The 5 Metrics Every Marketer Should be Tracking
Data-driven approaches are, by far and large, the most effective approach to marketing. Being able to rely on data analysis allows a marketer to make smart choices, be flexible enough to follow new trends as soon as they change, and make the best of different advertising channels. Knowing how to use all this seemingly infinite amount of data could be intimidating though, so let’s see what the most important metrics every marketer should be tracking are.
- Bounce Rate
A page’s Bounce Rate is the percentage of visitors that just jump off the boat and leave your website as soon as the view a page. A site or (on a more granular level) a page with a high bounce rate is performing extremely poorly. This could happen for several reasons. For example, your content could be not engaging at all or the page is not working as it is supposed to be (i.e. it can’t be read or viewed). Worse case scenario you didn’t target your audience or keywords well enough, so people quickly realize that your page is not what they were looking for. Be careful that a high bounce rate may negatively affect all your page rankings, too.
- Time on Page
The Time-on-Page is, as the name aptly suggests, the time a visitor spent reading or just staring at your page with a flabbergasted look. So, provided a user didn’t bounce off website immediately, he will spend some time on it – the more, the better. In fact, time-on-page (or site) is a metric used to determine consumers engagement and is a key indication of how successful that content is in grabbing the attention of relevant visitors. The longer a visitor stays on a page, the higher the chance he will buy or come back at a later time (returning visitor). Similarly to what happens with high bounce rates, a low average time time-on-site may negatively affect your rankings.
- Traffic Sources
Knowing where your traffic is coming from is a very efficient method to estimate your ROI. How much did you invest in Facebook ads? How many people actually come from the various social media? Are your SEO efforts paying off? Was that banner you paid so much money worth its price? Every successful website wants a healthy mix of referral, direct and organic traffic, but knowing what is actually providing you with the best results will help you chose where do you want to invest your marketing budget.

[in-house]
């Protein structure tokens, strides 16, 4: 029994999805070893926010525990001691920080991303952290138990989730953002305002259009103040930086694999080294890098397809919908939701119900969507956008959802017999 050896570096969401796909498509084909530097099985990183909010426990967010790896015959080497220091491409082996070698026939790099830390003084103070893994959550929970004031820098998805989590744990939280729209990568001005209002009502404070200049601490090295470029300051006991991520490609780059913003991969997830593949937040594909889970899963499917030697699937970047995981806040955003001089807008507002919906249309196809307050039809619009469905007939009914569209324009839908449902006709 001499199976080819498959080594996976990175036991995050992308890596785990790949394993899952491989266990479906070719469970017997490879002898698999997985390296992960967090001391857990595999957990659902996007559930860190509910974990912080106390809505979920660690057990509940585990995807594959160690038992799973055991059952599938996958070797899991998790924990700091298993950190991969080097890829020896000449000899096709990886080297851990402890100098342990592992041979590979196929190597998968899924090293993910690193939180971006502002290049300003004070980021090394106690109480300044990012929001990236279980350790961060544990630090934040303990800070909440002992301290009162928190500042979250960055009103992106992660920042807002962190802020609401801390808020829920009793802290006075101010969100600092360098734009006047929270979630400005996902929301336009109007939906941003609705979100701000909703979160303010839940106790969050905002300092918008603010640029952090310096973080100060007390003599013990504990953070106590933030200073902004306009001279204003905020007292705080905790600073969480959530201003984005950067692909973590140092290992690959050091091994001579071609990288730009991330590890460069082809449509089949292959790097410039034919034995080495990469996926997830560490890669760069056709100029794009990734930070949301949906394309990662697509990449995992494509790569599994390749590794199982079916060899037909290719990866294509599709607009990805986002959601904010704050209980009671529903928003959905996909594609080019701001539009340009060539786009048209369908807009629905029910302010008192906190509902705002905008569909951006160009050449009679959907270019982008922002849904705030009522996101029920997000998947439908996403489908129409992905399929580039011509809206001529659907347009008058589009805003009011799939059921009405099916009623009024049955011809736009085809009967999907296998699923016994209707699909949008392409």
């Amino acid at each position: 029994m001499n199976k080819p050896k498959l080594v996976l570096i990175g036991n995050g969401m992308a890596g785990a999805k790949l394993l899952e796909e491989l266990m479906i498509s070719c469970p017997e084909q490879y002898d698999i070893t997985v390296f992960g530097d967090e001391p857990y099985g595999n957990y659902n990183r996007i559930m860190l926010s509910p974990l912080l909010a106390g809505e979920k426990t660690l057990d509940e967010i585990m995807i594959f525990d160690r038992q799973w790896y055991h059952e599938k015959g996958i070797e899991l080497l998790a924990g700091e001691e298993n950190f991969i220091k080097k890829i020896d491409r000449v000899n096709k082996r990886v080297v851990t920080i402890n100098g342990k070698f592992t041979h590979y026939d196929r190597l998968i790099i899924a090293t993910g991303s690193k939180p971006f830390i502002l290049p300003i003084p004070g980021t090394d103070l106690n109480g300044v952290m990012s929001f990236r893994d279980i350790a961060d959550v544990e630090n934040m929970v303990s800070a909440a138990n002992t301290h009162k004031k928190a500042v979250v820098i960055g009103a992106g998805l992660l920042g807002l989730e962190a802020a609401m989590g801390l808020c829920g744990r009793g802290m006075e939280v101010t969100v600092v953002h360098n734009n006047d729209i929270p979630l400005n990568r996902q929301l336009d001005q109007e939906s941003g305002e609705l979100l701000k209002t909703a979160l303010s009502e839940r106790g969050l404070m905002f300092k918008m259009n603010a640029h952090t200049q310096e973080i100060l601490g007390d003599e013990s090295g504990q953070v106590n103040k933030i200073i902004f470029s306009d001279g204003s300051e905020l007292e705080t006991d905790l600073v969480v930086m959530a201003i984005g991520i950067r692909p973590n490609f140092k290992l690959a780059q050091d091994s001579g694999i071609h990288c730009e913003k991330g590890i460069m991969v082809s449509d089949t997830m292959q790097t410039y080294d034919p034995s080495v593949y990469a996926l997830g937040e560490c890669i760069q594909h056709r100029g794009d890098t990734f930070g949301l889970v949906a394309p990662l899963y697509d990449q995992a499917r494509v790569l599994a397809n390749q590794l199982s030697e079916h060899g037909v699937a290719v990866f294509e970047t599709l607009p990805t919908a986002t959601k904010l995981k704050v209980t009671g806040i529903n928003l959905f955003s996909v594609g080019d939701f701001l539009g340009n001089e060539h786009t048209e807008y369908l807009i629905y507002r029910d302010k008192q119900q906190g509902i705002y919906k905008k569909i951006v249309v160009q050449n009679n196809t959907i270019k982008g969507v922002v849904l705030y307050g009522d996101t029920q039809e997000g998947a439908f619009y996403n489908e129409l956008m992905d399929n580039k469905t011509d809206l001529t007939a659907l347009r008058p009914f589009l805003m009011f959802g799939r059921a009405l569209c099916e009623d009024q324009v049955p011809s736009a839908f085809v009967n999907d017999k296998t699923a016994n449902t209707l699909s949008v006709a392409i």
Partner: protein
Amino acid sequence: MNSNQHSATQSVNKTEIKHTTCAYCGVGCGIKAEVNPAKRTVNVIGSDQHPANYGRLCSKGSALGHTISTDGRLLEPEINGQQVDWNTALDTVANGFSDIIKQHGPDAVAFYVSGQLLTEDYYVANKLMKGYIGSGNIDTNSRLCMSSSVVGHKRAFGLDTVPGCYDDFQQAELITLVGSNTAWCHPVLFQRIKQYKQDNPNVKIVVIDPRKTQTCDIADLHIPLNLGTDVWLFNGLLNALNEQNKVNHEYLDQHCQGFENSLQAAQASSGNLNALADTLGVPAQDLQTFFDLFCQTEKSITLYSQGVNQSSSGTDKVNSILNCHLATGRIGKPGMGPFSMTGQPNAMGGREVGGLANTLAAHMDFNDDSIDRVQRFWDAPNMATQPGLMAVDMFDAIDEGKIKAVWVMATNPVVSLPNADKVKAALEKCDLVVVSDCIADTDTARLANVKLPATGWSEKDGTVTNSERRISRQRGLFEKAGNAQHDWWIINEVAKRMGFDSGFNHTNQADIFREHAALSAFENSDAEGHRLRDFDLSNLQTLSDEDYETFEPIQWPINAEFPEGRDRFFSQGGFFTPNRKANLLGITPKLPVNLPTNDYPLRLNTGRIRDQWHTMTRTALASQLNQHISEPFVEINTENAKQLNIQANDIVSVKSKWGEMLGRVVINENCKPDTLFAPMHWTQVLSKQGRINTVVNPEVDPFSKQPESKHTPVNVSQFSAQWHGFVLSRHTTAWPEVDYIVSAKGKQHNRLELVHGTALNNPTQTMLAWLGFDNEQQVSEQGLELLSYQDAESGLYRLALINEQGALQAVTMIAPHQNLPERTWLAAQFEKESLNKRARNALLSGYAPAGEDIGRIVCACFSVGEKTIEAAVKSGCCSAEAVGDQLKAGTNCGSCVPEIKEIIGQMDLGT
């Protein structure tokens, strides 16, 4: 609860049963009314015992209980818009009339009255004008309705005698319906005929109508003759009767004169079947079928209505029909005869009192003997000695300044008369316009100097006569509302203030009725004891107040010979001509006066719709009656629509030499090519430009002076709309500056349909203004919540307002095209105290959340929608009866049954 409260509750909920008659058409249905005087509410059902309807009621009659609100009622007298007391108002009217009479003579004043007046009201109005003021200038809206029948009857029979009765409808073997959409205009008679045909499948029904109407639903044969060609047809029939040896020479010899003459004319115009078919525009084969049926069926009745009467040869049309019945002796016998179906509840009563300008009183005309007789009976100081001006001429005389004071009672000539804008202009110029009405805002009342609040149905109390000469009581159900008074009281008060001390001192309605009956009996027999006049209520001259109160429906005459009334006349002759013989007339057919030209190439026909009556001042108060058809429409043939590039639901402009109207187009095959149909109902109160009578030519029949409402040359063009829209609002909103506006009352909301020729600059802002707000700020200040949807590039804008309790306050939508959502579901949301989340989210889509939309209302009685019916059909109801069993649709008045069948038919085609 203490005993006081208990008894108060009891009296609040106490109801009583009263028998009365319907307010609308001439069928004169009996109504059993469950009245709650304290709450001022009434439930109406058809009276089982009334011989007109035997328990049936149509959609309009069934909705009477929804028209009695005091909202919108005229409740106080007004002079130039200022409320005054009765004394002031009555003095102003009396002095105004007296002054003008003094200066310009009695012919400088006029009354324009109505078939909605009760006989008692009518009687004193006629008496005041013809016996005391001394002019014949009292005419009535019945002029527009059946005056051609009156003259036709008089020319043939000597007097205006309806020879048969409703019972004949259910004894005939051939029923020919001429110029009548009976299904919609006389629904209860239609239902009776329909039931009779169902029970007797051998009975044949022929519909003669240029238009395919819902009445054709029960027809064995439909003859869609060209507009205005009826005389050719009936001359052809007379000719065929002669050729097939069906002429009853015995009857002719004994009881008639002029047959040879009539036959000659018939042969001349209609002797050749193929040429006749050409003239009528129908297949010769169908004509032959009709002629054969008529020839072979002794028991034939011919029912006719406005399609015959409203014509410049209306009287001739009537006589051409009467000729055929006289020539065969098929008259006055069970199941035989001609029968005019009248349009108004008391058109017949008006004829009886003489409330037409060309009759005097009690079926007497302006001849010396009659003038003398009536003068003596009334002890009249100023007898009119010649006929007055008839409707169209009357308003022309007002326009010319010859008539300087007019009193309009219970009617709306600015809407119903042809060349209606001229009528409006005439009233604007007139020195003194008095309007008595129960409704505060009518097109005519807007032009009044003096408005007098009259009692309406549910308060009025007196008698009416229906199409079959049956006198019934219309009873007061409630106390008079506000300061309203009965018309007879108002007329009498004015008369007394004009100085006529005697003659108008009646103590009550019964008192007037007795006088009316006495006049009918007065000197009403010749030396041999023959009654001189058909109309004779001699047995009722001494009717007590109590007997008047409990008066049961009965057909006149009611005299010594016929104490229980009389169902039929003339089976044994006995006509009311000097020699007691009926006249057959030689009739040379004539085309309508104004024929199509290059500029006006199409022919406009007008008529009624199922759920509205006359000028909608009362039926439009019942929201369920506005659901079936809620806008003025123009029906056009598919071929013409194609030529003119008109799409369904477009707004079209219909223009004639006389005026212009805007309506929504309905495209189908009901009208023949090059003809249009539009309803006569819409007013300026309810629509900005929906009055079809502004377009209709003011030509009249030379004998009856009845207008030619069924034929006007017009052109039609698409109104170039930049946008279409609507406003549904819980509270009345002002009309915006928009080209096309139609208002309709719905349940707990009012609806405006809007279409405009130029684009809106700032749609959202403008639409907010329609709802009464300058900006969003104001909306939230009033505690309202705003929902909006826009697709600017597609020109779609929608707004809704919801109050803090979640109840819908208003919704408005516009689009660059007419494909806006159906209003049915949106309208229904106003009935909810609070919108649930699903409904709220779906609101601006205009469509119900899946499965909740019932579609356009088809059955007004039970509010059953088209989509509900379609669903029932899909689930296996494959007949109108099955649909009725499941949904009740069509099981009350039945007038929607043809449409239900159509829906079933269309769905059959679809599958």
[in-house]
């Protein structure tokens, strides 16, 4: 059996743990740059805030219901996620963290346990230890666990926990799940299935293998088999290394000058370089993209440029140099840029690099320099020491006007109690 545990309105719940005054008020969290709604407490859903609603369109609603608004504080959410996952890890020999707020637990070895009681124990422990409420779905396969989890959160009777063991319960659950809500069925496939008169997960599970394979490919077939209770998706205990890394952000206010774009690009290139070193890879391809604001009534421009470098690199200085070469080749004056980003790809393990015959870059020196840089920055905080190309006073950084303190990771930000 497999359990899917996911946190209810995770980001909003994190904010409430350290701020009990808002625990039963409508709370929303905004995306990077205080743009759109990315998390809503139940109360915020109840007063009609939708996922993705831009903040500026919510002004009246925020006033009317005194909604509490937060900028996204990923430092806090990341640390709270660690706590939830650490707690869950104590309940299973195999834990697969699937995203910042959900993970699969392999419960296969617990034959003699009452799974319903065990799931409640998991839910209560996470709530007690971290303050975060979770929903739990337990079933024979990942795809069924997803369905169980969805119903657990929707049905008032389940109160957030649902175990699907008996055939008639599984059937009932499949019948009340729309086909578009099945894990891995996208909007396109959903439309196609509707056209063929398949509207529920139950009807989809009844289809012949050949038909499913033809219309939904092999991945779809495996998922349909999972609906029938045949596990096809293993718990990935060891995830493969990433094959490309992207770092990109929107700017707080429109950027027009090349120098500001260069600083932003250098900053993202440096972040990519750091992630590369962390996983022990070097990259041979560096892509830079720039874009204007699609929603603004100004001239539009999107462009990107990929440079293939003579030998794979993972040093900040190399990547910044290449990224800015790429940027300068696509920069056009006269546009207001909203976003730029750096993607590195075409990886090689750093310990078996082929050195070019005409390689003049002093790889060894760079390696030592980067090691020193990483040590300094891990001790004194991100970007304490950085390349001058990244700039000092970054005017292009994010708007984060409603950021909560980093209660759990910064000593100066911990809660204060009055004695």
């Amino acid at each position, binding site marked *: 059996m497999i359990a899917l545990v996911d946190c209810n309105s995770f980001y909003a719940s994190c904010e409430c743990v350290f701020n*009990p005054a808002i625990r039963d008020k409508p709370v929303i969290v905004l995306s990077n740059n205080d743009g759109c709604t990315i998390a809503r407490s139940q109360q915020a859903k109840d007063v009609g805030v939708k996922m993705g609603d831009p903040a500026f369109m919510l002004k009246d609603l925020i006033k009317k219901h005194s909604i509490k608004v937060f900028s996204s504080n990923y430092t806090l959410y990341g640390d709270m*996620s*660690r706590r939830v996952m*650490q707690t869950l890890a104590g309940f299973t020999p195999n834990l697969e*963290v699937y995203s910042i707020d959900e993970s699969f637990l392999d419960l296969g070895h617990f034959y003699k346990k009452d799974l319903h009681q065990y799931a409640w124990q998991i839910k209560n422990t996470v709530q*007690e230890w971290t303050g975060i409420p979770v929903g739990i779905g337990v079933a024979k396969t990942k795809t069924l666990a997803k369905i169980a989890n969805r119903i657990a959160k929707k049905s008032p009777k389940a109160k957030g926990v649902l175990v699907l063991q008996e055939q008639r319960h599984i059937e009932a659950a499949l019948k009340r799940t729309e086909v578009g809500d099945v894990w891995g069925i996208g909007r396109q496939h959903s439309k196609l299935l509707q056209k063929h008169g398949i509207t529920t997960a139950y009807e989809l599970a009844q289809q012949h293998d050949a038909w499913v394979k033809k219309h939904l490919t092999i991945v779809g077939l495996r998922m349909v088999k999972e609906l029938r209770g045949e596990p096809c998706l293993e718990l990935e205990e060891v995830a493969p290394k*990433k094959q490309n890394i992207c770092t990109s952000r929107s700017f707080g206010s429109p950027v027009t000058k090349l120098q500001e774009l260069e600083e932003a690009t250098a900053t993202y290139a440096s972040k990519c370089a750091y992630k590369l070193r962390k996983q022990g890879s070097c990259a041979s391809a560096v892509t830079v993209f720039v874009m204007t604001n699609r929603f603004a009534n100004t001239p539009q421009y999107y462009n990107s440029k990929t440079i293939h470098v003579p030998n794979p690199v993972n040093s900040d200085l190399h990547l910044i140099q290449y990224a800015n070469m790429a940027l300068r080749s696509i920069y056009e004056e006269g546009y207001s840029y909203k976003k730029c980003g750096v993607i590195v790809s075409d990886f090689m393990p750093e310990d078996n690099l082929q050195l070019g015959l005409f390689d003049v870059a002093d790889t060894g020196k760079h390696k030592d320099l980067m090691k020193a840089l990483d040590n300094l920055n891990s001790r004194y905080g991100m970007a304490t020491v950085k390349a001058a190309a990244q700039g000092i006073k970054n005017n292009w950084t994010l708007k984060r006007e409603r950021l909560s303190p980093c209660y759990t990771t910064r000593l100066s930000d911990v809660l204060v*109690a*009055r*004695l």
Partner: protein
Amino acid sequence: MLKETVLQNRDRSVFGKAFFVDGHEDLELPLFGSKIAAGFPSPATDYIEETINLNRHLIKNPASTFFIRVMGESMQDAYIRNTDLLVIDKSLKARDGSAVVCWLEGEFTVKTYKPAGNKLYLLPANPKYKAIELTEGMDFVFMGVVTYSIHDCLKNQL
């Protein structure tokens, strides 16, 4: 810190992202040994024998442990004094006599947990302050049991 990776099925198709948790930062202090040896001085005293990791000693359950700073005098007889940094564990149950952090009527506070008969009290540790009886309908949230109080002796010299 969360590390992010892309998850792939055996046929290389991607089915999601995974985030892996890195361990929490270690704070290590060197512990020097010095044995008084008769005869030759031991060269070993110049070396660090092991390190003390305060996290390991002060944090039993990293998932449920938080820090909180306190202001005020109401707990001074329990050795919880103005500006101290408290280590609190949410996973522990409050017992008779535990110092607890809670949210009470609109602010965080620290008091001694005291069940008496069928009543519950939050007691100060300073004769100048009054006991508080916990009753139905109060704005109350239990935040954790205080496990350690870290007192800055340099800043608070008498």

- Click-through rate (CTR)
Click-Through Rate (CTR) is the percentage of users who end up clicking on a banner or advertisement featured in a landing page. In other words, it measures the interest that ad was able to generate and it is critical to reduce your marketing expenses (or boost your ad revenues). CTR usually ranges from 2-3 clicks per 1,000 impressions to up to a few dozens. Since ads are useful to support many site through advertising dollars, webmaster constantly try to navigate around the natural instinct many users have to ignore ads by placing them in “sweet spots” through the page’s content. A high CTR also signals Google AdWords that that ad makes searchers happy, and improves his Quality Score. Higher quality scores reduce the cost of placing the ad, and can then lead to cheaper ads.
- Conversion Rate
Although it is somewhat similar to CTR, conversion rate is ultimately the most important metric you need to track in a website. Conversion rate is the percentage of users who completed a given action on that page, such as clicking on a button, buying a product or filling out a form. When a visitor reaches your landing page, he will start reading its content and possibly navigating around your website. But if they do not convert into leads before they leave the site, you failed to gain any money. Having the highest conversion rate on every page is, hands down, your first and foremost goal if you want to increase your revenues.
Gathering the right data before you make any marketing decision represents the difference between making an informed choice and shooting in the darkness. The more data you have available, the more your business is going to grow and thrive.